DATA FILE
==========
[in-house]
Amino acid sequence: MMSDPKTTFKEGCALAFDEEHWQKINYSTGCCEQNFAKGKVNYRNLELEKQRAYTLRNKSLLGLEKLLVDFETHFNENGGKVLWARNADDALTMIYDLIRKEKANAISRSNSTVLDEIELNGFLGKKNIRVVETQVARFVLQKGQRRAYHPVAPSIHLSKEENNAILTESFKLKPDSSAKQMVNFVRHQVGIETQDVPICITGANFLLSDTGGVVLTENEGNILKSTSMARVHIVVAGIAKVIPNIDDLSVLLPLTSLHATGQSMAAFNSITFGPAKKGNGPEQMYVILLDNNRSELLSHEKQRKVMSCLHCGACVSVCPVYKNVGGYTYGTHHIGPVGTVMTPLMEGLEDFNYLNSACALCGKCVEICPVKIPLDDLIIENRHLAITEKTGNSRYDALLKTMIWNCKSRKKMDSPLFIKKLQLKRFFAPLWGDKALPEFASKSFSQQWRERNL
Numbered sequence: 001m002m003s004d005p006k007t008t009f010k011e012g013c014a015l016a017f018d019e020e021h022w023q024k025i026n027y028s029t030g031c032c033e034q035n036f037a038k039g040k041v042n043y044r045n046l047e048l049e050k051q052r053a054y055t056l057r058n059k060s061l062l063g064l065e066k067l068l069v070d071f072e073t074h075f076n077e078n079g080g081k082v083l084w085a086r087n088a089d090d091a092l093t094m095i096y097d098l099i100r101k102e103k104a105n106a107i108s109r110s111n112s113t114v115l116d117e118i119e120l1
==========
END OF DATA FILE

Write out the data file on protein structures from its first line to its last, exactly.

[in-house]
Amino acid sequence: MMSDPKTTFKEGCALAFDEEHWQKINYSTGCCEQNFAKGKVNYRNLELEKQRAYTLRNKSLLGLEKLLVDFETHFNENGGKVLWARNADDALTMIYDLIRKEKANAISRSNSTVLDEIELNGFLGKKNIRVVETQVARFVLQKGQRRAYHPVAPSIHLSKEENNAILTESFKLKPDSSAKQMVNFVRHQVGIETQDVPICITGANFLLSDTGGVVLTENEGNILKSTSMARVHIVVAGIAKVIPNIDDLSVLLPLTSLHATGQSMAAFNSITFGPAKKGNGPEQMYVILLDNNRSELLSHEKQRKVMSCLHCGACVSVCPVYKNVGGYTYGTHHIGPVGTVMTPLMEGLEDFNYLNSACALCGKCVEICPVKIPLDDLIIENRHLAITEKTGNSRYDALLKTMIWNCKSRKKMDSPLFIKKLQLKRFFAPLWGDKALPEFASKSFSQQWRERNL
Numbered sequence: 001m002m003s004d005p006k007t008t009f010k011e012g013c014a015l016a017f018d019e020e021h022w023q024k025i026n027y028s029t030g031c032c033e034q035n036f037a038k039g040k041v042n043y044r045n046l047e048l049e050k051q052r053a054y055t056l057r058n059k060s061l062l063g064l065e066k067l068l069v070d071f072e073t074h075f076n077e078n079g080g081k082v083l084w085a086r087n088a089d090d091a092l093t094m095i096y097d098l099i100r101k102e103k104a105n106a107i108s109r110s111n112s113t114v115l116d117e118i119e120l1